Today’s Headlines

  • RTA Chair Says Proposal for 1 Transit Supergency Is a Nonstarter (Sun-Times)
  • RTA Recommends Metra Renegotiate Deals With Freight Railroad Partners (Tribune)
  • RTA Sues 3 More Towns Over Alleged Sales Tax Scams (Crain’s)
  • Hearing About Washington/Wabash Super Station Tonight at Cultural Center (RedEye)
  • Police: 89-Year-Old Man Collapsed in Road, Dragged 3 Miles by Semi Driver (Tribune)
  • 5 Hurt in Bronzeville Crash (Tribune)
  • Woman Files Lawsuit Against Uber, Driver for Sexual Harassment (RedEye)
  • CPD Plans Drunk Driving Crackdown in Lakeview, Lincoln Park This Weekend (DNA)
  • Is Drinking Alcohol and Bicycling a Dangerous Mix? (HuffPo)

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  • Is drinking and biking unsafe? Only if you spill your beer! ::rimshot

    I think it probably makes sense for it to be illegal to prevent rampant abuse but I think it would be appropriate to have elevated levels allowed. If driving is 0.08, biking should have a limit of, say 0.15. (I know nothing about BAC levels, so if 0.15 is fall down drunk, then make it 0.12, or whatever a couple of drinks an hour would be). Or better yet, make driving zero-tolerance and biking 0.12 or whatever.

    Either way, i don’t think the laws for biking and drinking should be the same for driving because of the fundamental advantage of biking… a drunk a-hole on a bike probably can’t cause too much damage to anyone but himself. A drunk a-hole in a car can kill a lot of people and damage a lot of property. (A principle employed by South Dakota, according to the article.)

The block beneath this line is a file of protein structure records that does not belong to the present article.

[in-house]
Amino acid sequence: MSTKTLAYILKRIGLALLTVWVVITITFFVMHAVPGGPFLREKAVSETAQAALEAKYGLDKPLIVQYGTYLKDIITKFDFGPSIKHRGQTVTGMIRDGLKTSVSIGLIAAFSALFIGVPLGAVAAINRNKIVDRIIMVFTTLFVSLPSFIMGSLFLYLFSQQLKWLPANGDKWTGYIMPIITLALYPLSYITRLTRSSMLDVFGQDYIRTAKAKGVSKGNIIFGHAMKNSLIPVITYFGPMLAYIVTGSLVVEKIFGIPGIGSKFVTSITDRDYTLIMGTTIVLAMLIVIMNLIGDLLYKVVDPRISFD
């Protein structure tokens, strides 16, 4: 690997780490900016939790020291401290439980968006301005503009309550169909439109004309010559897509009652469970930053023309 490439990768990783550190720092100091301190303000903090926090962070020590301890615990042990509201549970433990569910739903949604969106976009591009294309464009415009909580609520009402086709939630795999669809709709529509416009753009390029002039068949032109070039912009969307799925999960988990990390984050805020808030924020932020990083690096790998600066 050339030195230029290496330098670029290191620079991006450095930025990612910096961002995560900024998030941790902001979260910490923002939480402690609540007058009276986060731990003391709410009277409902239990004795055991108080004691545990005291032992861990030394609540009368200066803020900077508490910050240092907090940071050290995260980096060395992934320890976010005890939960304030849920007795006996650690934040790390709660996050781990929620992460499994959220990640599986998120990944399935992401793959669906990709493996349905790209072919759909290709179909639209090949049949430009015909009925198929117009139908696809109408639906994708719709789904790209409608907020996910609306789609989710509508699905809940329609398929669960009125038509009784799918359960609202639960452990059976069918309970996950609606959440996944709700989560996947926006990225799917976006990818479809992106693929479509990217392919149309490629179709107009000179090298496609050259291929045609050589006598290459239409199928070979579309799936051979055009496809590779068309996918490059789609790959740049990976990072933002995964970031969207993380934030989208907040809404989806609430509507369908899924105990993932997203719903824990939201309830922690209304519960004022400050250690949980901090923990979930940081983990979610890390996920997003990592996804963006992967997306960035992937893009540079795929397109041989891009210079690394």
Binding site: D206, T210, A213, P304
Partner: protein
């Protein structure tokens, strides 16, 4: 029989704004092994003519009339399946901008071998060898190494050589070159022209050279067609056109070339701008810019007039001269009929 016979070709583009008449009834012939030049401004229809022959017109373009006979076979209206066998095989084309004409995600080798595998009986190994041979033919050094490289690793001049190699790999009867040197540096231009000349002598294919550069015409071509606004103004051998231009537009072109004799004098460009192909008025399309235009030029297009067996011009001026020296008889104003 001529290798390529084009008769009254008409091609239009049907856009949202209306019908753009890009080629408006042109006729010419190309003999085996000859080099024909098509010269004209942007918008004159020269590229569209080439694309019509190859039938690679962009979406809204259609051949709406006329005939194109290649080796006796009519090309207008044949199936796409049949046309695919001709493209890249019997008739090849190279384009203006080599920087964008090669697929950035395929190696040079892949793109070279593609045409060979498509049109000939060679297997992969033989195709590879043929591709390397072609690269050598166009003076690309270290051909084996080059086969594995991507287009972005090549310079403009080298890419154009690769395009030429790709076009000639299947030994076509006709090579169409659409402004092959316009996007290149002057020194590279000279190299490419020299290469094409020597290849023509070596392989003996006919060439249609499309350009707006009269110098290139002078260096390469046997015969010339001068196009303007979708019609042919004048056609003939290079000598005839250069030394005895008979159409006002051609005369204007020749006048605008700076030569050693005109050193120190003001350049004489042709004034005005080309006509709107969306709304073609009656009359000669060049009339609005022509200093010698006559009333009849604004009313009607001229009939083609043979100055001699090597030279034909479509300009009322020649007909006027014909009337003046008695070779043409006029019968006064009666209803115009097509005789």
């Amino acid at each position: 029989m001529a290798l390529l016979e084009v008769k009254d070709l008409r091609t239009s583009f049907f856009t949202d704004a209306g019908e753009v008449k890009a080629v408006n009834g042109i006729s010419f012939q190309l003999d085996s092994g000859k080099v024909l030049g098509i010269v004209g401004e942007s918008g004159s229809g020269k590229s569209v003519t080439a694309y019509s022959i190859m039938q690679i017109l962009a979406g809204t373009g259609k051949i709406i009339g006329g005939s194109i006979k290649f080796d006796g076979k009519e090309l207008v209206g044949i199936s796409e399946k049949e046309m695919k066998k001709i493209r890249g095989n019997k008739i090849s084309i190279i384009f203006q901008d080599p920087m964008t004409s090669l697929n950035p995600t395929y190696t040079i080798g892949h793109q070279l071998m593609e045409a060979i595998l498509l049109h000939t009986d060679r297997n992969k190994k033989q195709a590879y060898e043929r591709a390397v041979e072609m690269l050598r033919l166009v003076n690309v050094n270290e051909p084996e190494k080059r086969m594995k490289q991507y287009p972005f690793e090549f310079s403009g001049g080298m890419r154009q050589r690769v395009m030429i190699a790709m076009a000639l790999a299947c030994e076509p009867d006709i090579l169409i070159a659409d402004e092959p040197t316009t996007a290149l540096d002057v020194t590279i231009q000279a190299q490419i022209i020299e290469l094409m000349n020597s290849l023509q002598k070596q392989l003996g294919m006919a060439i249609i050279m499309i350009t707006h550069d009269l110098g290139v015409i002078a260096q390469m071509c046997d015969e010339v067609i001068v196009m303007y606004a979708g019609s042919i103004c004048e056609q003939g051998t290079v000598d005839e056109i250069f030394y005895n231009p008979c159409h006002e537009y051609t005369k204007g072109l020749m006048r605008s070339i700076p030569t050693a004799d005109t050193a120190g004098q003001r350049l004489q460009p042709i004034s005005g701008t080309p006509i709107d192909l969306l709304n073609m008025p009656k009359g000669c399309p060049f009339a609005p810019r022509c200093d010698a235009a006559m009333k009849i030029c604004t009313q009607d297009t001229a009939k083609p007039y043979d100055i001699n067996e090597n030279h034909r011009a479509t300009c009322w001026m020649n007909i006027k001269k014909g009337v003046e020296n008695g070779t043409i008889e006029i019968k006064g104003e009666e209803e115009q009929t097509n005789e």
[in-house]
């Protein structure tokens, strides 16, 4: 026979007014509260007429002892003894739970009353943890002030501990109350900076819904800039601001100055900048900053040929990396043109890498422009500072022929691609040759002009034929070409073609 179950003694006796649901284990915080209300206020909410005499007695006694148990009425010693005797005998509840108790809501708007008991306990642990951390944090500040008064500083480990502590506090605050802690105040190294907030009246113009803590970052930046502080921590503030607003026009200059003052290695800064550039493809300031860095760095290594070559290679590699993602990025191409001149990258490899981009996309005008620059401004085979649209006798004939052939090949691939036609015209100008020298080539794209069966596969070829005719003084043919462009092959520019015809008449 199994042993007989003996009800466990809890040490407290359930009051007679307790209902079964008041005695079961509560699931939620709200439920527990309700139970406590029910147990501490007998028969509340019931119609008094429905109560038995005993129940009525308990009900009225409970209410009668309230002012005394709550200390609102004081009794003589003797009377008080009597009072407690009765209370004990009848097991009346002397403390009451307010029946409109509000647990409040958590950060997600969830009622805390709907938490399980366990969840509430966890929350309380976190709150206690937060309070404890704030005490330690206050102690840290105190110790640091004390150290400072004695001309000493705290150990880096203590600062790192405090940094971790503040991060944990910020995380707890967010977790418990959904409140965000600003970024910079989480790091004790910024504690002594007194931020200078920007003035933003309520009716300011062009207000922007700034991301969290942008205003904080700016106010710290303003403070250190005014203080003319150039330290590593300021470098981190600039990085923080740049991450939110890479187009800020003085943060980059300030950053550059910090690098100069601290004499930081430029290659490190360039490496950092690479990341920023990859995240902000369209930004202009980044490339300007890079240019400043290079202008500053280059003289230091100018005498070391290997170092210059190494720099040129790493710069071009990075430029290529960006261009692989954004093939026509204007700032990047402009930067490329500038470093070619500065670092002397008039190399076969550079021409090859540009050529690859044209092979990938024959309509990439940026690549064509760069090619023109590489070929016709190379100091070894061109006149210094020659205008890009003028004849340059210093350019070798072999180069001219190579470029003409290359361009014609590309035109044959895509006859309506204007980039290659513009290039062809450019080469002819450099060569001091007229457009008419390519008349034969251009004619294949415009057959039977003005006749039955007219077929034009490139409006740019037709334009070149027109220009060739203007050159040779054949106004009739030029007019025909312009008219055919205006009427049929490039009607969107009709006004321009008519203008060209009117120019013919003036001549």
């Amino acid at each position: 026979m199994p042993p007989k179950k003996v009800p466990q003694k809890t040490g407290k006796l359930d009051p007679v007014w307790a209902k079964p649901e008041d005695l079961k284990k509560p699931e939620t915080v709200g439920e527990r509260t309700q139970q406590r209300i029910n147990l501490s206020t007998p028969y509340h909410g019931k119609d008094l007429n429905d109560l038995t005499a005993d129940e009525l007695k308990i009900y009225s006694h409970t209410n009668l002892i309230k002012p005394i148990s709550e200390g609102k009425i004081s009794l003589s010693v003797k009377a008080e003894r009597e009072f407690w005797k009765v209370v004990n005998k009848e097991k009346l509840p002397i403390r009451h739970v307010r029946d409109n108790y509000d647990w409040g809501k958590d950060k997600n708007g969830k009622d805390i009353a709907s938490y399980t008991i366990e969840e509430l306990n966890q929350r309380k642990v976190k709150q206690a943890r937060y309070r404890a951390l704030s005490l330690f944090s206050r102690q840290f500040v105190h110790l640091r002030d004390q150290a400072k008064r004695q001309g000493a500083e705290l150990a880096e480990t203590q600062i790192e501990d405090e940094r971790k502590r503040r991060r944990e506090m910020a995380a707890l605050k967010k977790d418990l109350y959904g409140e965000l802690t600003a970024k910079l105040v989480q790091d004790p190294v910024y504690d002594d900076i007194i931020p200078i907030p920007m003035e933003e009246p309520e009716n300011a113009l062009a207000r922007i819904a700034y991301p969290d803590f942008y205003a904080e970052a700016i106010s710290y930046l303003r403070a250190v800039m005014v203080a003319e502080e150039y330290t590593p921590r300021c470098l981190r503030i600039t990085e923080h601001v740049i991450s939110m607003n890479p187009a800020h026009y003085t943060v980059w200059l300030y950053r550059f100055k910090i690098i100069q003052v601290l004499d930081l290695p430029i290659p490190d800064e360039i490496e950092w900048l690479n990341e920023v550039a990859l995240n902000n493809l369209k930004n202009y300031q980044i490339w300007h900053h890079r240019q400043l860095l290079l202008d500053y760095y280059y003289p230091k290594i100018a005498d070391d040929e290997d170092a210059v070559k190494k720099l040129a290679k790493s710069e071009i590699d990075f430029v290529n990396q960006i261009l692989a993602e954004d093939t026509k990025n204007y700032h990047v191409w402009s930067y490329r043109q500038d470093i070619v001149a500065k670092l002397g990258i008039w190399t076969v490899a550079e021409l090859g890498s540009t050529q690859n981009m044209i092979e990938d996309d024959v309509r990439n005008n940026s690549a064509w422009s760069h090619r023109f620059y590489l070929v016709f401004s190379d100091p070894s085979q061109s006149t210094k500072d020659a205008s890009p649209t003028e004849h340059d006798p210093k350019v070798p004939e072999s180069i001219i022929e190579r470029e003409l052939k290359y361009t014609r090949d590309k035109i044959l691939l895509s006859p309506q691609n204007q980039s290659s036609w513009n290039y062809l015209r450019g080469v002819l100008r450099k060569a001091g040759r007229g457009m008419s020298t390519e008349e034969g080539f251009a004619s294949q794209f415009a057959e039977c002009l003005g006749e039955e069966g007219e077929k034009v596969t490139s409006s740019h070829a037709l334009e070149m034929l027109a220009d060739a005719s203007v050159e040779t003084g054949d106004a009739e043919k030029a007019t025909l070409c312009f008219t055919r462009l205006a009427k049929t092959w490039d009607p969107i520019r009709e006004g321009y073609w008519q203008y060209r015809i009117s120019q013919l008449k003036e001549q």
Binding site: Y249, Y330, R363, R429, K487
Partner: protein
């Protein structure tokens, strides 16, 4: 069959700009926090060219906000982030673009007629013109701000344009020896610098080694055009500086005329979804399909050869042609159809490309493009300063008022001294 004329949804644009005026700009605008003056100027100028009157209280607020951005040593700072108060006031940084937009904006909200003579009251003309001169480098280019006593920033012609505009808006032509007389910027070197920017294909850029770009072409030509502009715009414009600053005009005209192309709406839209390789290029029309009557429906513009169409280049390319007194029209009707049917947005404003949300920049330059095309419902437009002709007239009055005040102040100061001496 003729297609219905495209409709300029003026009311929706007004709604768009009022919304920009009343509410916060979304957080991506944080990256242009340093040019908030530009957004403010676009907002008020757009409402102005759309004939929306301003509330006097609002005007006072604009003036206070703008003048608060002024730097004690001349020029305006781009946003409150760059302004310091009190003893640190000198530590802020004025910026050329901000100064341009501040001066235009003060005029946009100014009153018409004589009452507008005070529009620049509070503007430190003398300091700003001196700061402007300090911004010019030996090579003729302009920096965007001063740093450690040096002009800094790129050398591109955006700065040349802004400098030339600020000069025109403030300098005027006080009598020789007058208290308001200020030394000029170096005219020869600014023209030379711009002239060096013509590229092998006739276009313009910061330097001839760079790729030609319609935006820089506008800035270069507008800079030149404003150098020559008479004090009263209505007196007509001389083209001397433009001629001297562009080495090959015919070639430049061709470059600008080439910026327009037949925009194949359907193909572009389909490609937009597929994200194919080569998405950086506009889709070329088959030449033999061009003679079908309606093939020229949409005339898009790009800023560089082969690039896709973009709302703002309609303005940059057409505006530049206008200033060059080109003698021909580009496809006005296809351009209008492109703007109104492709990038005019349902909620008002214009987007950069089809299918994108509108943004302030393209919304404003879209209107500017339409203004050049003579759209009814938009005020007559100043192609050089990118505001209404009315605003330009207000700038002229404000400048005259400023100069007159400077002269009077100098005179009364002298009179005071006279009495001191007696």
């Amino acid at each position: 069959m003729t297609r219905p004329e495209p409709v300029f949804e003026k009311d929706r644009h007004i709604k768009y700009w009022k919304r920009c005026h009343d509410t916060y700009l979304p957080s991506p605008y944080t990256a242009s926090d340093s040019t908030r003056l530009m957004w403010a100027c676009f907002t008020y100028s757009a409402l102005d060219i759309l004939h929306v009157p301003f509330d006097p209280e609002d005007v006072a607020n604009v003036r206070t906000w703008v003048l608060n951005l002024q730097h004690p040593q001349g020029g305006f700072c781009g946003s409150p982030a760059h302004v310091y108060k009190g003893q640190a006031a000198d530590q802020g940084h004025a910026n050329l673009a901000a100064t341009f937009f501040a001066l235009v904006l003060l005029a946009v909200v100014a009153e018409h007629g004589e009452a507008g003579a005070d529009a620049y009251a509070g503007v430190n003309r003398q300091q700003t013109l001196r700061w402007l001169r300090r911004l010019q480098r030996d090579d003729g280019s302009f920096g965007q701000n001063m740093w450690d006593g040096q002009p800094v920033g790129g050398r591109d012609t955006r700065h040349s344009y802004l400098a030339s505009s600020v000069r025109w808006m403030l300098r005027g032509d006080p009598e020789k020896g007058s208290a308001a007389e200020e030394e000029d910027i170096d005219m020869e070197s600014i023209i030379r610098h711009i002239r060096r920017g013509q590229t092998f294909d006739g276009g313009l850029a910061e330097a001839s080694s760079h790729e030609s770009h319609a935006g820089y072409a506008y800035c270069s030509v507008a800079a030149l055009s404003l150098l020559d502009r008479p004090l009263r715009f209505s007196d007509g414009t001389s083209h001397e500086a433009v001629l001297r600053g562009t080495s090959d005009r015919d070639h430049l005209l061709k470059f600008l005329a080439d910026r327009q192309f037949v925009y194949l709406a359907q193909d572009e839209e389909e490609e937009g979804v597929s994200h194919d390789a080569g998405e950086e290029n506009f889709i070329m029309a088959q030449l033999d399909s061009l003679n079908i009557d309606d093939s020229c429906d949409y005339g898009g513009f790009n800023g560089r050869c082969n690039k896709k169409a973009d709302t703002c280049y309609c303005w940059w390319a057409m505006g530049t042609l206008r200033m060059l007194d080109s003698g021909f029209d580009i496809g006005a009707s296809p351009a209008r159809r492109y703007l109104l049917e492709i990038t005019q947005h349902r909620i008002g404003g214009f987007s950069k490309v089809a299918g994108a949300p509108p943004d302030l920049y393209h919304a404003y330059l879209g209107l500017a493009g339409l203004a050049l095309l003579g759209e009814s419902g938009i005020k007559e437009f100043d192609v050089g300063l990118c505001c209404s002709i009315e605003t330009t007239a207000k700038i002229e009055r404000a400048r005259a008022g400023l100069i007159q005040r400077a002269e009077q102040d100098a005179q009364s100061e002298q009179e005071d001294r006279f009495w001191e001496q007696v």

• Chicago and Illinois already have rules that the police can enforce if they believe a person is bicycling drunk.

    There’s “public drunkenness or disorderly conduct”. John answered this question in Time Out a few years ago.

    http://www.mybikeadvocate.com/2010/09/time-out-on-drinking-and-bicycling.html

  • Thanks for the link. Who would have thought that Illinois would actually have a reasonable law regarding biking on the books?

    (Also, any article that uses the term “pickled pedaling” is a good one.)

  • rohmen

    I’m not advocating for classifying drunk cycling as a DUI (especially at a .08 level), but “public drunkenness” and/or “disorderly conduct” charges are a pretty nebulous offense to enforce and prove in relation to controlling drunk cycling. A person can be fairly intoxicated/impaired without demonstrating the type of observable conduct that would result in either of those charges.

    And while I agree drunk cycling is a much better alternative to drunk driving, the harm caused by a drunk cyclist getting in a collision is much greater than just damage to the cyclist alone. The person involved in the collision with the drunk cyclist also has to live with the effects–which can be dramatic if the cyclist is seriously hurt or killed.

  • Thanks! In the time since I wrote that piece, in which a bartender recommends throwing your bike in a taxi trunk instead of cycling home schnockered, the city’s bike-share system launched. If you’re planning on doing some serious drinking, the responsible thing to do is Divvy to the bar, then catch the CTA, a cab, or a ride with a friend home.

  • CL